Winter blues: Seasonal Affective Disorder linked to reduced sunlight, brain inflammation, say experts

Winter blues: Seasonal Affective Disorder linked to reduced sunlight, brain inflammation, say experts

Advise exercise, proper sleep schedule

Seasonal Affective Disorder (SAD) is primarily attributed to shorter days and reduced sunlight, which can alter brain rhythms and lead to inflammation in the brain, causing seasonal mood disorders, according to doctors.

Seasonal mood disorders are a type of mood disorder where depression or mania occurs during a specific season. In our region, fall or autumn depression is a common variant of seasonal mood disorders.

Speaking to the news agency—Kashmir News Observer (KNO), Dr Arshad Hussain, a Professor at the Department of Psychiatry at GMC Srinagar, explained that Seasonal Affective Disorder usually begins in Kashmir at the end of October and lasts until March due to seasonal changes. This disorder was officially recognised by R. E. Rosenthal in 1984.

According to Dr Arshad, the main symptoms of this mood disorder include sadness, lack of energy, reduced interest, fatigue, hypersomnia, and hyperphagia. While normal mood variations are common and part of evolutionary mechanisms, mood variations that lead to socio-occupational dysfunction and severe distress are considered a disease, particularly in winter.

He added that individuals with a history of depression are more susceptible to seasonal variations, and many of them experience an exaggeration of symptoms during the fall and winter. In other parts of India, seasonal mood disorders are generally less common because they don't experience the decrease in light hours as we do in Kashmir, Dr Arshad noted.

Besides shorter days and reduced sunlight, winter disorder has also been linked to the rhythm of melatonin release and vitamin D deficiency. Light appears to be crucial for optimal brain health, and suboptimal light supply to the brain triggers neuro-inflammatory processes in the absence of optimal nutrition, leading to depression. Other theories suggest a protective role of switched-off moods in harsh winters as part of evolutionary biology.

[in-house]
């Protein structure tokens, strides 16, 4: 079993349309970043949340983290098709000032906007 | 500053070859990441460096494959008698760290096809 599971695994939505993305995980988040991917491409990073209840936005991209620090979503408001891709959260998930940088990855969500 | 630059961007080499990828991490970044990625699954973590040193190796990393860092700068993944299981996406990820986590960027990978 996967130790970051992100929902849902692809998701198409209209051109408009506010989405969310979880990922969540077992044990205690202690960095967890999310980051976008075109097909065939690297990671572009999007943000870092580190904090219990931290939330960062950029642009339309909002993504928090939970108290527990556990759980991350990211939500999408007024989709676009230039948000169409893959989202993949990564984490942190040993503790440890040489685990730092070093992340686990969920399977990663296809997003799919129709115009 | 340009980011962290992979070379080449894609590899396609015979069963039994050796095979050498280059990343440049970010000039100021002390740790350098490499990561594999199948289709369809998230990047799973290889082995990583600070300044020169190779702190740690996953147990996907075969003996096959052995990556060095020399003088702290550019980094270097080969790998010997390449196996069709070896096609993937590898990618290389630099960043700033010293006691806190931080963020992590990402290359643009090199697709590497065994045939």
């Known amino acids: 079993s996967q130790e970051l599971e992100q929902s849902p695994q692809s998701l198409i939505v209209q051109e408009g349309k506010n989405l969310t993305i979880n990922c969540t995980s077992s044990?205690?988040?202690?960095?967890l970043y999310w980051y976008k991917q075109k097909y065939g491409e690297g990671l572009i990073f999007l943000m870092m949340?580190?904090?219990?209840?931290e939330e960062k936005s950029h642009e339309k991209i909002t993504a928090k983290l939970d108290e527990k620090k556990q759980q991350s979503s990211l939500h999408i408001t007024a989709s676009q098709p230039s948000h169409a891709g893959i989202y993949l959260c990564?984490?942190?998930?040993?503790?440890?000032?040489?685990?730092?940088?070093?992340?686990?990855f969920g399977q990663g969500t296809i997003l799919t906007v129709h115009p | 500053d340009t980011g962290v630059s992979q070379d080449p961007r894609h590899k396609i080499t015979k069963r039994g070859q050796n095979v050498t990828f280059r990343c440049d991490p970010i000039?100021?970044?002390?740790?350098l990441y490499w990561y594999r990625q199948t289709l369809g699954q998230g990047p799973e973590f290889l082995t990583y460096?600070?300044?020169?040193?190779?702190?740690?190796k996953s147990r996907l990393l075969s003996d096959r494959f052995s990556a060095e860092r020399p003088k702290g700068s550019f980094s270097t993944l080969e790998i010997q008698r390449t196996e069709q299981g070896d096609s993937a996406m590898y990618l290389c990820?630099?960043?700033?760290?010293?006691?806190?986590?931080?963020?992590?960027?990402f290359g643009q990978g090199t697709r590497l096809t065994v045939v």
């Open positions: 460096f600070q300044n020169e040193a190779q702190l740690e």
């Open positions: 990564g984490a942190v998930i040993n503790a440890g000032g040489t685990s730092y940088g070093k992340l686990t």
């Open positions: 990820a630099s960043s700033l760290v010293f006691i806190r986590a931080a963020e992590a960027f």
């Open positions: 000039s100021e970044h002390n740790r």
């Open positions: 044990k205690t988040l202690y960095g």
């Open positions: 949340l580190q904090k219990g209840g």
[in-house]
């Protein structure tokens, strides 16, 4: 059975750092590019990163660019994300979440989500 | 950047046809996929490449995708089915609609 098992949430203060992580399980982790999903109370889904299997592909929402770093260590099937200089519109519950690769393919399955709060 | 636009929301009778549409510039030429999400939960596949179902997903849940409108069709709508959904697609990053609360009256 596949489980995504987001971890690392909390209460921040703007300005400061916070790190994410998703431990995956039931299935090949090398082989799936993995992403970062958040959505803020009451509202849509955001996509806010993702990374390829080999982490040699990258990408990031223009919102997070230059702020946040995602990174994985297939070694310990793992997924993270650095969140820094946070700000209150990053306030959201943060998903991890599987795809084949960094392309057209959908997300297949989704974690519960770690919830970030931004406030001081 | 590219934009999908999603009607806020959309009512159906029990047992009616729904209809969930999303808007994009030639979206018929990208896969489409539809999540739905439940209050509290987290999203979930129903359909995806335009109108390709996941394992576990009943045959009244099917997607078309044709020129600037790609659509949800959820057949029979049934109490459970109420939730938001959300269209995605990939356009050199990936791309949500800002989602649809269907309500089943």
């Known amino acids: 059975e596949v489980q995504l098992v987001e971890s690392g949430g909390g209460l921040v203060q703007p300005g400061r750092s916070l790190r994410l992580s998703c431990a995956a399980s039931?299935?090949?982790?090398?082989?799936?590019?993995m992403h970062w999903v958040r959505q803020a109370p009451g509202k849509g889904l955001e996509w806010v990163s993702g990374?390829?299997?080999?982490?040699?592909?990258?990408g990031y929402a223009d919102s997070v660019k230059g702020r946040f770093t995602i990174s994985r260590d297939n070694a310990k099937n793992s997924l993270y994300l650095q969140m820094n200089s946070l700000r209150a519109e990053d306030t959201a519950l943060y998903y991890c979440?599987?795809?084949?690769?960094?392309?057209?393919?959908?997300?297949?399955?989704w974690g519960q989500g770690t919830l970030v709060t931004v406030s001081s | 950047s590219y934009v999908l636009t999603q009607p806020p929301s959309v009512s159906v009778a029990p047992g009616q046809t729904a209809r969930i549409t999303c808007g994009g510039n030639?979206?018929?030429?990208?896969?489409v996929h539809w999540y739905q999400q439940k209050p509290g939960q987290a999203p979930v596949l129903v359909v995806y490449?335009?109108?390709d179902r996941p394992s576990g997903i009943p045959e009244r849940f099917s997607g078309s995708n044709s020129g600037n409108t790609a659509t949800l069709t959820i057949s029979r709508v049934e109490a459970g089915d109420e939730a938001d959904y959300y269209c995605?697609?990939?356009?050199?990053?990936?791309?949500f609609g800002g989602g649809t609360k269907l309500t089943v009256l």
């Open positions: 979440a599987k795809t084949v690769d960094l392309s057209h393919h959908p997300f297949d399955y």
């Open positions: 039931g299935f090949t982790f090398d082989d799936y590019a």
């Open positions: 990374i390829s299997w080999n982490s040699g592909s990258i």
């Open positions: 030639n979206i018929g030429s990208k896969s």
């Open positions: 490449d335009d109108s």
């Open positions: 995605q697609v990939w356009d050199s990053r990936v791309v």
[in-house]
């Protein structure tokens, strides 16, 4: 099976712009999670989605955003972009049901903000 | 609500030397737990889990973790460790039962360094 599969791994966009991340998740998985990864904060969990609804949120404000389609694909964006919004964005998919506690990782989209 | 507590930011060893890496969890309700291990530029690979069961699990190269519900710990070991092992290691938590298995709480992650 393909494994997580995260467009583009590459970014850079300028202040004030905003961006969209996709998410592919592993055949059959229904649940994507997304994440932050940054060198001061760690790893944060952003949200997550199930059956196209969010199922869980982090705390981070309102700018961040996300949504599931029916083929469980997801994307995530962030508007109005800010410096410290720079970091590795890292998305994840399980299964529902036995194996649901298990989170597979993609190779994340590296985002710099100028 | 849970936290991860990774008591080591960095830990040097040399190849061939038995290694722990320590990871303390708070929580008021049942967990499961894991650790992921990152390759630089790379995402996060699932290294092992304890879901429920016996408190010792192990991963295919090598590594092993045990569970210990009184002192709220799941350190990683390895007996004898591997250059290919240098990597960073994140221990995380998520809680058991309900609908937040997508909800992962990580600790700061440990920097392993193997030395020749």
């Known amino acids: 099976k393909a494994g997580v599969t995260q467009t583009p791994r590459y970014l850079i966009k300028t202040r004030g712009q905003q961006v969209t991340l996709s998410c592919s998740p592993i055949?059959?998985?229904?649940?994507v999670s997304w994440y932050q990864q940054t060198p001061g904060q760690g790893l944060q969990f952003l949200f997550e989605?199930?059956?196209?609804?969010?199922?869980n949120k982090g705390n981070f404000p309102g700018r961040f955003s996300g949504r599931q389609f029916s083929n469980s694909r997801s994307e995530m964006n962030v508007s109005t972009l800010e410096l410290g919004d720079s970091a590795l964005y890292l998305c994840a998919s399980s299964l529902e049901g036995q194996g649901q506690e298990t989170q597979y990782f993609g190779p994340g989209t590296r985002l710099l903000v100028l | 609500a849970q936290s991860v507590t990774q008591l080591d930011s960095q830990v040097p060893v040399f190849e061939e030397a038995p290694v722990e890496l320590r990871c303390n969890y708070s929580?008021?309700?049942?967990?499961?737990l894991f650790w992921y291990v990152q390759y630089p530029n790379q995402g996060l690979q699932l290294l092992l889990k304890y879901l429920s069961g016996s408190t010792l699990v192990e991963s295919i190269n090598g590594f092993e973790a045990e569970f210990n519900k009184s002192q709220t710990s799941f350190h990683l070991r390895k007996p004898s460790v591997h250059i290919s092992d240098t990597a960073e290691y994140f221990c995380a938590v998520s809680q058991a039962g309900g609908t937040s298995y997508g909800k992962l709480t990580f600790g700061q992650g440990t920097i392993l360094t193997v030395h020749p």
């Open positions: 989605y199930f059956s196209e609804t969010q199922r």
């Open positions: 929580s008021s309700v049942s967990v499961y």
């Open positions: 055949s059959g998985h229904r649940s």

Dr Arshad advised that people should spend a considerable amount of time outside, with at least 30 minutes of sunlight exposure daily when the sun is out and around 2 hours on cloudy days. Additionally, maintaining a proper sleep schedule, engaging in regular exercise, staying busy, and adopting a nutritious diet can help prevent seasonal blues.

For those experiencing moderate or severe disorders, he emphasised the importance of consulting a psychiatrist and seeking treatment. Individuals with an existing mood illness and females among the general population are at a higher risk, he added.

Lifestyle modifications, such as spending time outdoors, engaging in physical activity, regular exercise, consuming balanced and nutritious meals, maintaining a healthy sleep-wake balance, taking vitamin D supplements before the start of fall, reducing carbohydrate intake, and keeping busy, can help prevent seasonal affective disorder among the general population

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